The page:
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Affection againſt appear Army attended Authority becauſe believ'd believe beſides better Bill Biſhops body brought buſineſs callid cauſe Charge chat Church confidence conſent continued Council Counſels Country Court Credit Crown death deſign deſired diſcourſe Duke Earl Enemies England expected fame favour firſt fome Fortune Friends give given Government greateſt hands High himſelf Honour hope Houſe of Commons inclined intended Judgement Judges Juſtice King King's Kingdom knew known Land leaſt leſs London Lord Majeſty Majeſty's manner matter means mind Money moſt muſt Name Nature never obliged occaſion Office opinion Parliament particular Party Paſſion Peers Perſons Power prepared preſent Prince principal Proceedings Publick raiſed reaſon receiv'd Religion reputation ſaid ſame Scotland Scots ſelf ſent Service ſeveral ſhould ſome ſtill Strafford Subjects ſuch taken themſelves theſe thing thoſe thought tion took truth uſed whole whoſe
Page xxiv - GLORY be to God on high, and on earth peace, good will towards men. We praise thee, we bless thee, we worship thee, we glorify thee, we give thanks to thee for thy great glory, O Lord God, heavenly King, God the Father Almighty.
Page 185 - ... but a very weighty speaker ; and after he had heard a full debate, and observed how the House was like to be inclined, took up the argument, and shortly, and clearly, and craftily so stated it, that he commonly conducted it to the conclusion he desired ; and if he found he could not do that, he was never without the dexterity to divert the debate to another time, and to prevent the determining any thing in the negative, which might prove inconvenient in the future.
Page 31 - ... should not thereby incur any displeasure of the king. In which they took very ill measures ; for from that time almost to the time of his own death, the king admitted very few into any degree of trust, who had ever discovered themselves to be enemies to the duke, or against whom he had ever manifested a notable prejudice.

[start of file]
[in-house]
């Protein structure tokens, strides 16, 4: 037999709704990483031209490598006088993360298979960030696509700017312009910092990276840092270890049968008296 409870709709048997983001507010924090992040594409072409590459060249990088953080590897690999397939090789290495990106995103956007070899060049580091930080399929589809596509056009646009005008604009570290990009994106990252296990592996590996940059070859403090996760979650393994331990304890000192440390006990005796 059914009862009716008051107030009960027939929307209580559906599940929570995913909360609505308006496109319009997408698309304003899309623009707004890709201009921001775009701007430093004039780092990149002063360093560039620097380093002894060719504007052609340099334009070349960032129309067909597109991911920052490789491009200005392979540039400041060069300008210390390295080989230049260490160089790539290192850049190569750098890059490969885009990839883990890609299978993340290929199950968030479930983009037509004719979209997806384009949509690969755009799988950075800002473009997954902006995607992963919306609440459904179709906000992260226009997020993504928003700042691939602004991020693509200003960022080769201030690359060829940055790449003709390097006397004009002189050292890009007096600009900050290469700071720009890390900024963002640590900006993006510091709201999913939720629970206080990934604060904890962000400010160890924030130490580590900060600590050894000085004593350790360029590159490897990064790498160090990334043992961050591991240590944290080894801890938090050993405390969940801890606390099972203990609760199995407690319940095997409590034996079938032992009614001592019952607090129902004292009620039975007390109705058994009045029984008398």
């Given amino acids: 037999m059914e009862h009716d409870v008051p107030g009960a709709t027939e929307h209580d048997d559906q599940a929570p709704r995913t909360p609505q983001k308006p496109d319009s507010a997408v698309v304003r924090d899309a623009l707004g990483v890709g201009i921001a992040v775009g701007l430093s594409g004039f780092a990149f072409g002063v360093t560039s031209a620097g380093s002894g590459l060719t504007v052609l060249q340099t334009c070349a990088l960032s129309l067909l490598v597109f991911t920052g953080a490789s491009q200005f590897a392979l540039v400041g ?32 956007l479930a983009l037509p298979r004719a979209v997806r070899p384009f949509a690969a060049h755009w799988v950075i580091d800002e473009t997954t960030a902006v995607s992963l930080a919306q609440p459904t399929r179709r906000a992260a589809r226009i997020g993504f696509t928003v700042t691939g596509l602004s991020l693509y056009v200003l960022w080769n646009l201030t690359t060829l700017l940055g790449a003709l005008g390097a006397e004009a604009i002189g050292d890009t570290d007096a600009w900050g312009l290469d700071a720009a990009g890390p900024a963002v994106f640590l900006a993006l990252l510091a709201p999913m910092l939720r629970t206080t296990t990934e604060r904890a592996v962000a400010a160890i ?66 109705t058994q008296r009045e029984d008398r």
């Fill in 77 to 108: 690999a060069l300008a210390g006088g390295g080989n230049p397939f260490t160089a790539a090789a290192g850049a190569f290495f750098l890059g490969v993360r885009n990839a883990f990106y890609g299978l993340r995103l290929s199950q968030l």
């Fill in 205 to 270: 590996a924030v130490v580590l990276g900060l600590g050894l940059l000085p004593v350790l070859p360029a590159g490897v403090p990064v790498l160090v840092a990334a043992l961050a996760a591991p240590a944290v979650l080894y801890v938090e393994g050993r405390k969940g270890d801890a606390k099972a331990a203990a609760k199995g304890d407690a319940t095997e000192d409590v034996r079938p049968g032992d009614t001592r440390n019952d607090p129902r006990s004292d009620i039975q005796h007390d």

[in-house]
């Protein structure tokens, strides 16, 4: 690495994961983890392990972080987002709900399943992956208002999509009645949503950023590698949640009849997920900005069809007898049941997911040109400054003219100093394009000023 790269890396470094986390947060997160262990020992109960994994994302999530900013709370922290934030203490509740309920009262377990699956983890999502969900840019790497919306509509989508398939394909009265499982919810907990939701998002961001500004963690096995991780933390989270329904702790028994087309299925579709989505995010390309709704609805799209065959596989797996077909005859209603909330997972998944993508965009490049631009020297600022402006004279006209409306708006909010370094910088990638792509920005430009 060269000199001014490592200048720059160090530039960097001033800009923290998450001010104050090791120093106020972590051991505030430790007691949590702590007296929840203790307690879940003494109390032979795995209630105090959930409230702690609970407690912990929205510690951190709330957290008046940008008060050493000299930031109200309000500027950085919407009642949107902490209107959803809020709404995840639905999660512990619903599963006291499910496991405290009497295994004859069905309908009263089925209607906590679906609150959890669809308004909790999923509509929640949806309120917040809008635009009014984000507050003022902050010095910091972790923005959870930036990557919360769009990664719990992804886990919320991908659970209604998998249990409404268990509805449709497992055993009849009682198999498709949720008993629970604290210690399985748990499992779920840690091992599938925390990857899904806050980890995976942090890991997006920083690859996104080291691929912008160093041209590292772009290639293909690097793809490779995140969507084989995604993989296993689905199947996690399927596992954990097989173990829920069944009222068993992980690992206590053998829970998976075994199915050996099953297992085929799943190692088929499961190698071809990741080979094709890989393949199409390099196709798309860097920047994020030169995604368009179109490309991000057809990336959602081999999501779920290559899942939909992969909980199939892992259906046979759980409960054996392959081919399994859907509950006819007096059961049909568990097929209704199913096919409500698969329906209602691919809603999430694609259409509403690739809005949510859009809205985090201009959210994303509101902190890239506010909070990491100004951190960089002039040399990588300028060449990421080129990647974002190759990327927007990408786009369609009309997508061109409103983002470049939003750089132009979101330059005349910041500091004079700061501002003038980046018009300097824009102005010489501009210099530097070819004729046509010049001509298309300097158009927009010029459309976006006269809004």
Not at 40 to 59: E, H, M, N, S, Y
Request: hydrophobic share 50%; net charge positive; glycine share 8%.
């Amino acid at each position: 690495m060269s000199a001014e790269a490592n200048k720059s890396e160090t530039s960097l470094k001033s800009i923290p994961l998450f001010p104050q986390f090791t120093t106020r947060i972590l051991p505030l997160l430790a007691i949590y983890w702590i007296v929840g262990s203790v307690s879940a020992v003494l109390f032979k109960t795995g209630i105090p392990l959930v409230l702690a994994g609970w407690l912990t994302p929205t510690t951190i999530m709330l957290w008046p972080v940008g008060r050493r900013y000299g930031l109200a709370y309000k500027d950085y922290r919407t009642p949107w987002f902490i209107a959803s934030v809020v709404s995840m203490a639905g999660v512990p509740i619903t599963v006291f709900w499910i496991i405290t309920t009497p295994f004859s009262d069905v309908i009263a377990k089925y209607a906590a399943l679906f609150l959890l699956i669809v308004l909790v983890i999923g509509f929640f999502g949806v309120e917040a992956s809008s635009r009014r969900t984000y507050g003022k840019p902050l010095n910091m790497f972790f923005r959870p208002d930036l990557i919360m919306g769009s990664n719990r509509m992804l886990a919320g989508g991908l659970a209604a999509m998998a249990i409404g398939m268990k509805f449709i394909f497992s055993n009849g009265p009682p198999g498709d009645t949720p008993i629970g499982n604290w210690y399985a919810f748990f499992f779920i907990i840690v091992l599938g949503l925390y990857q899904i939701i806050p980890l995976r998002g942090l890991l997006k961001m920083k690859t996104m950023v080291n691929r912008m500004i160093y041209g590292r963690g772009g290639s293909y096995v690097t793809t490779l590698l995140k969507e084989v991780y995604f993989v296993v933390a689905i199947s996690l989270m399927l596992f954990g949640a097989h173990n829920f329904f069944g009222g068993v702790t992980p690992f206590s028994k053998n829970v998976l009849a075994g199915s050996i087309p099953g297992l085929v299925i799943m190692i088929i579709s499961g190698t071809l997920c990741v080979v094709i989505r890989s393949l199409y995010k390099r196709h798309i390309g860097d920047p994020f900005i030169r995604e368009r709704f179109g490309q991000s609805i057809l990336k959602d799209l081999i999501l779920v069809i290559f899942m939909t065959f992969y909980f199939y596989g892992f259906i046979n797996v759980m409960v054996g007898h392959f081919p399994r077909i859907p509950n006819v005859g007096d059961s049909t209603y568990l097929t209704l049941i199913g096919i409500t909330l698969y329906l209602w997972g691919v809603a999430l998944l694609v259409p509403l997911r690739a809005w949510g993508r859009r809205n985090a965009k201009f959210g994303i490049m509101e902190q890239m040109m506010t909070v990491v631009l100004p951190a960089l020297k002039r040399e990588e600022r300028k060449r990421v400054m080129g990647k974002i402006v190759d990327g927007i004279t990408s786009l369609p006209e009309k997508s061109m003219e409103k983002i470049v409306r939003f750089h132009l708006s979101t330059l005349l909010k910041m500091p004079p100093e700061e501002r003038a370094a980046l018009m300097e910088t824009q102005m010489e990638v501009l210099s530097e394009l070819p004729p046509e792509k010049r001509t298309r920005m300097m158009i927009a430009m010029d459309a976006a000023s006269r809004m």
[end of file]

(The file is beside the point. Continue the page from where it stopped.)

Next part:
Page 57 - ... which he believed could only support it; and his friendships were only with men of those principles. And as his conversation was most with men of the most pregnant parts, and understanding, so towards any such, who needed support, or encouragement, though unknown, if fairly recommended to him, he was very liberal.
Page 42 - The poor man, half dead with fear and apprehension, being asked the second time, whether he remembered him...
Page 42 - Amongst the rest there was one, which was upon a better foundation of credit than' usually such discourses are founded upon. There was an officer in the king's wardrobe in Windsor castle, of a good reputation for honesty and discretion, and then about the age of fifty years, or more. This man had, in his youth, been bred in a school, in the parish where sir George Villiers, the father of the duke, lived, and had been much cherished and obliged, in that season of his age, by the said sir George, whom...
Page 94 - ... of smaller offences and meaner offenders; and thereupon called for or cherished the discovery of those who were not careful to cover their own iniquities, thinking they were above the reach of other men, or their power or will to chastise.
Page 23 - And when he found the duke unmoved by all the considerations and arguments, and commands he had offered, he said, in great choler, "By God, Steeny, you are a fool, and will shortly repent this folly, and will find that, in this fit of popularity, you are making a rod, with which you will be scourged yourself.